Lauren Swick Jordan is prolific Freelance Writer, Blogger, and a regular Contributing Writer for The Washington Post, The Mighty, and The Organization for Autism Research. Additionally, Lauren is a mother of two sons, one of whom is diagnosed with autism.
TJ is my oldest son. He is 16. He has autism.
I remember when he was first diagnosed with autism, when he was 2. “Don’t think too far into the future”, all his teachers used to say to me. “Let’s just deal with what’s on our plate right now.”
Back then, that meant getting him ready for school. Strengthening his core so he could sit in circle time. Music therapy and body brushing to help him with his sensory issues so he could tolerate a room full of other kids, and the noise they make. Practicing his communicating with other people so he could participate in classroom lessons. You know, those sort of things.
We all worked really hard. And we were really successful. TJ has been thriving.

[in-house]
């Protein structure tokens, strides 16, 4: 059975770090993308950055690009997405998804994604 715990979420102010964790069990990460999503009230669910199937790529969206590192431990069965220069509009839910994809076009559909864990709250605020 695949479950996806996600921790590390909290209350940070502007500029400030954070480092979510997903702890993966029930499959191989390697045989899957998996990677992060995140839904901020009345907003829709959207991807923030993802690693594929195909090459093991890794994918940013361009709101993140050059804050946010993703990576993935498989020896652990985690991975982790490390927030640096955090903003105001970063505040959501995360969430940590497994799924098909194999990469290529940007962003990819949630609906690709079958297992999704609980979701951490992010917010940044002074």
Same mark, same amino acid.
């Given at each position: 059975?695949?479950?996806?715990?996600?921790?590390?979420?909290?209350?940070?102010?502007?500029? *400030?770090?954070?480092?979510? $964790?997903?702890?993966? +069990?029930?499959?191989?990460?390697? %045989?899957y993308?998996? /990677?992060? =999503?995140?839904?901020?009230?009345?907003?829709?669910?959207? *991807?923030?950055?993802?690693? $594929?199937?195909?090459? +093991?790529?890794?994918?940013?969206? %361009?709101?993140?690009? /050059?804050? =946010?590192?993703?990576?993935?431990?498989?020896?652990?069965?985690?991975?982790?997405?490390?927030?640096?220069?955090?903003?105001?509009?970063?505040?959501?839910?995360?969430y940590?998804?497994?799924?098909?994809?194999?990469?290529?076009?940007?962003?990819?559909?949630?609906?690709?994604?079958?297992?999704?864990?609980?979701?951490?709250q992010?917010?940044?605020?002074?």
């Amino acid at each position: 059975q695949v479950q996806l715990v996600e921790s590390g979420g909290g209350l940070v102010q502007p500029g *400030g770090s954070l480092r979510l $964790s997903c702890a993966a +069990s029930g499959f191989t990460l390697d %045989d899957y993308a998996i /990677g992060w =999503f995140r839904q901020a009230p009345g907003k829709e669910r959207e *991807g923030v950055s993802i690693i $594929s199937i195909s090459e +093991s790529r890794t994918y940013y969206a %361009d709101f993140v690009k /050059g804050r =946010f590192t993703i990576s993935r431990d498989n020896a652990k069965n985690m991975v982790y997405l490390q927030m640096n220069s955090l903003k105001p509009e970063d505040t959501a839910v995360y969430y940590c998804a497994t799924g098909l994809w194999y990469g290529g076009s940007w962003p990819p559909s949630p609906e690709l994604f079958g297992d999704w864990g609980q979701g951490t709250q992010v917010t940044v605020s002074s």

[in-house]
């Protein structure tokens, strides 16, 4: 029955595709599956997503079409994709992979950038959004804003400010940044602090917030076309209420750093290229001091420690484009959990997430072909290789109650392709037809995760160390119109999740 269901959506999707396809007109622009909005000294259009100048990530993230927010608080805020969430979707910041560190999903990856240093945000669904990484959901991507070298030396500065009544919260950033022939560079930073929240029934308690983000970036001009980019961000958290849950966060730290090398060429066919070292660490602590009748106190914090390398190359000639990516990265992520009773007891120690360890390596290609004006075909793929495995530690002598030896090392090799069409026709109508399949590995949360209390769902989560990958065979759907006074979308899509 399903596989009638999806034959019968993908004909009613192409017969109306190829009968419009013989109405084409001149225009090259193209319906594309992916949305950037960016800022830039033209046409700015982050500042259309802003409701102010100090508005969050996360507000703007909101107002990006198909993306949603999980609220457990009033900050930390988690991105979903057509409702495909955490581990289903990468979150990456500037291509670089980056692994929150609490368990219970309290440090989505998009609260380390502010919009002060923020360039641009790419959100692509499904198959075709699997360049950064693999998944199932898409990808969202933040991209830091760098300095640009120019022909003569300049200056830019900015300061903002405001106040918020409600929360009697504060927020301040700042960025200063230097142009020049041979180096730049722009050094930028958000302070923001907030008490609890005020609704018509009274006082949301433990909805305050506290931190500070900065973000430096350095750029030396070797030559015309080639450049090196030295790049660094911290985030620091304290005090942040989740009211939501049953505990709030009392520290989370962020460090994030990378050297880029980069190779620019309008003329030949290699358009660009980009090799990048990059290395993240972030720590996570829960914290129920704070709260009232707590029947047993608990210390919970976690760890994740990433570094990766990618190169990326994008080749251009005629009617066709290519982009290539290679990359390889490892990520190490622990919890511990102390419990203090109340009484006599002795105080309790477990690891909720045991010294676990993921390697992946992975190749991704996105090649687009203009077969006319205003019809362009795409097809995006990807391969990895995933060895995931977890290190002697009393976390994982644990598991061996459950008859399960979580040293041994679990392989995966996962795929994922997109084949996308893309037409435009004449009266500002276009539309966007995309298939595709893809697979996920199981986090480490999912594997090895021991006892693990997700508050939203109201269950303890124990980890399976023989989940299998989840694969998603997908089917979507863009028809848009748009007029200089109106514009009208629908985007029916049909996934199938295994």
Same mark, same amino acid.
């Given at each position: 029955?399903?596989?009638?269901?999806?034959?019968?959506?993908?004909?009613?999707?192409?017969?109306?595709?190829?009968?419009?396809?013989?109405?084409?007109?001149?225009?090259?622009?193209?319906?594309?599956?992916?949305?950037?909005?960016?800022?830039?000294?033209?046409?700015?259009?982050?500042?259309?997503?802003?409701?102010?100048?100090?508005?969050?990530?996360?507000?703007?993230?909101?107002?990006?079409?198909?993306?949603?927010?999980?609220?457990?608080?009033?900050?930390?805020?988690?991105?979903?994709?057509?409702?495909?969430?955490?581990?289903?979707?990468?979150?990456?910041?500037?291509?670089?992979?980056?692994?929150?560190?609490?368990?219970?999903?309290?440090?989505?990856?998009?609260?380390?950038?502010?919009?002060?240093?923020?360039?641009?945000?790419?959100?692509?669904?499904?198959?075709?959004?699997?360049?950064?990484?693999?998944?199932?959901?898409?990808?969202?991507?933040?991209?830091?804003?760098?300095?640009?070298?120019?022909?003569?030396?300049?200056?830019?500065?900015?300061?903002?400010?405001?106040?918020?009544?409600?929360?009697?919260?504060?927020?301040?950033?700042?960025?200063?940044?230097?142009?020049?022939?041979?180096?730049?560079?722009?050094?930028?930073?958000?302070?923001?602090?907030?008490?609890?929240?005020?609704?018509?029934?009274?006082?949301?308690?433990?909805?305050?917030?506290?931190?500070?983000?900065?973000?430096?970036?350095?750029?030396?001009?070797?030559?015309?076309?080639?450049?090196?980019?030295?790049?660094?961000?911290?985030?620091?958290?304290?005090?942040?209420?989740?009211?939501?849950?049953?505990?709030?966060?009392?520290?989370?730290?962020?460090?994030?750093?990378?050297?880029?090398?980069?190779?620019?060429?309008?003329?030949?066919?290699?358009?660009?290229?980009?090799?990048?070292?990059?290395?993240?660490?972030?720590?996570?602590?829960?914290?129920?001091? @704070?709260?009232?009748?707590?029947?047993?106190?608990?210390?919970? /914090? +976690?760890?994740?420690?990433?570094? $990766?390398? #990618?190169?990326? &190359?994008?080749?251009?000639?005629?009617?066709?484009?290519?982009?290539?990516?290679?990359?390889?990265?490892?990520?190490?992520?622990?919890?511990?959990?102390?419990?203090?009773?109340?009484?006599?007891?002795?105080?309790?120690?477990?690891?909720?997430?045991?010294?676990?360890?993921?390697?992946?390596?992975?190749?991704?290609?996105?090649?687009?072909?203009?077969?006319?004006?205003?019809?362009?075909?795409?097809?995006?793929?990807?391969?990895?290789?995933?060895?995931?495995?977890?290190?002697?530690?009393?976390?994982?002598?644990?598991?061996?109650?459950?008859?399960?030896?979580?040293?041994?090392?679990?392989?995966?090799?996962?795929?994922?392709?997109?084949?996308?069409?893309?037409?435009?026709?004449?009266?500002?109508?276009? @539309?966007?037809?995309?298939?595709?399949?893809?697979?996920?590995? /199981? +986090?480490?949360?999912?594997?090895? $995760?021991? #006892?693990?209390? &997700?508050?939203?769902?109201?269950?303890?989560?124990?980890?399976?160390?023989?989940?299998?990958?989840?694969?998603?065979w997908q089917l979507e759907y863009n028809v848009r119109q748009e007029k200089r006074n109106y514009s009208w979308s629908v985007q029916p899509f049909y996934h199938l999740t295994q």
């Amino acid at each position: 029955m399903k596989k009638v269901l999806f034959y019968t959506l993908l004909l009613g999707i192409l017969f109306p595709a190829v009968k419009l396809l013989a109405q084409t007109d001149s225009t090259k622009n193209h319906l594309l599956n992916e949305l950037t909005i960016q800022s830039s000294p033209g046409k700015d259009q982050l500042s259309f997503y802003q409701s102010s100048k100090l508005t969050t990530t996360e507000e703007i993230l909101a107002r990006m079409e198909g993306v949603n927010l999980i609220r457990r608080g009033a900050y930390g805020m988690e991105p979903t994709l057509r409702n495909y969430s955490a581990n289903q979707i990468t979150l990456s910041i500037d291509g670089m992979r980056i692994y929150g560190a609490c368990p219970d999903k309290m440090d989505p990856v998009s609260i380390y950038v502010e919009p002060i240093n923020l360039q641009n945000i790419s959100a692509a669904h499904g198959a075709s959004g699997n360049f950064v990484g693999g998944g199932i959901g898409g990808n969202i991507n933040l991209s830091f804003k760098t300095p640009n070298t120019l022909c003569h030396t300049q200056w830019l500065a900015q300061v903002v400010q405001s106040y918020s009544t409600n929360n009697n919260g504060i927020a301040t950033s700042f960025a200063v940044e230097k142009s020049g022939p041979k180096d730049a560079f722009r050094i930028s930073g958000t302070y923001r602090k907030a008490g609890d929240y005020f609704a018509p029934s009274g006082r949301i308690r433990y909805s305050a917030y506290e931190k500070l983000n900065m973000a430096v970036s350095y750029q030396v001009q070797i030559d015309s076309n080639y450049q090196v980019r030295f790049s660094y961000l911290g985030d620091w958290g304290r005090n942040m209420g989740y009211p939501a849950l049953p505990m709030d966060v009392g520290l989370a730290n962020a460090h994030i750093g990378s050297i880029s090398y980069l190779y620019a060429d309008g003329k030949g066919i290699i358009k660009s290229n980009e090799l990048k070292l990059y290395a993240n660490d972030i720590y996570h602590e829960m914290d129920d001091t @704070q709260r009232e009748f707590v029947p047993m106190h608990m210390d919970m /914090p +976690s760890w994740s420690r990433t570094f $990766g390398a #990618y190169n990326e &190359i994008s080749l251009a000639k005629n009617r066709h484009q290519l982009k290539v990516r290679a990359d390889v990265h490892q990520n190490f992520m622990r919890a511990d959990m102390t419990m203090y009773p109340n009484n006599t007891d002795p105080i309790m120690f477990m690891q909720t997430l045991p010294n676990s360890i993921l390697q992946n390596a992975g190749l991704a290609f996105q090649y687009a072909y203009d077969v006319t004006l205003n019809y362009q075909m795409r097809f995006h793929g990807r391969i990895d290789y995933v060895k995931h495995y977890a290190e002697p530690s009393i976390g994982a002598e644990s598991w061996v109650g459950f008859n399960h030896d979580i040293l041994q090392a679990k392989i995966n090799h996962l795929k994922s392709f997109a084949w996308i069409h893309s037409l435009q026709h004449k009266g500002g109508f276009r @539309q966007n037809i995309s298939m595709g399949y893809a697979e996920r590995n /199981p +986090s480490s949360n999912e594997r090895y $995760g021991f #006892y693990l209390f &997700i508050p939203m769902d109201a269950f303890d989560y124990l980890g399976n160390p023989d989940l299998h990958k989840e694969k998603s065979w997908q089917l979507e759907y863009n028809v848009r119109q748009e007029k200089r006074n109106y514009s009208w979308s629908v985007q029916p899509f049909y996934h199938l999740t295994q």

We have been thrilled with his teachers and schools, and with his progress, since he was diagnosed with autism over 14 years ago.
And now, what used to feel so far away is suddenly right here, in our reach.
Now it’s time to start preparing for the next phase of TJ’s life. College. Whatever that looks like. Maybe he will live at home…maybe he will live on campus. Where ever that may be.
Now we are on the edge of a whole new world of unknowns, as we prepare TJ for the wide world that lies at his fingertips.
Have we done enough to prepare him? I can’t answer that, as our work is never done. TJ is still gaining his independence baby step by baby step. Bit by bit.
14 years ago, our goals for TJ were to successfully separate from us for the duration of a school day. To cope with his separation successfully while also being able to learn. Together, we all did it.
But what now? TJ is only 16, and he still doesn’t know what he wants to do for the rest of his life.
Have we prepared him enough to be able to go out in the world and chase his dreams?
We don’t have those answers. Not yet. But I know that we will someday, TJ has grown into such a confident young man, skilled in communicating, and always improving on his communication skills.
I hope we have helped him build a strong enough foundation that he can go out into the world, head held high, and find his place.
To chase his dreams.
That would really be our dream come true.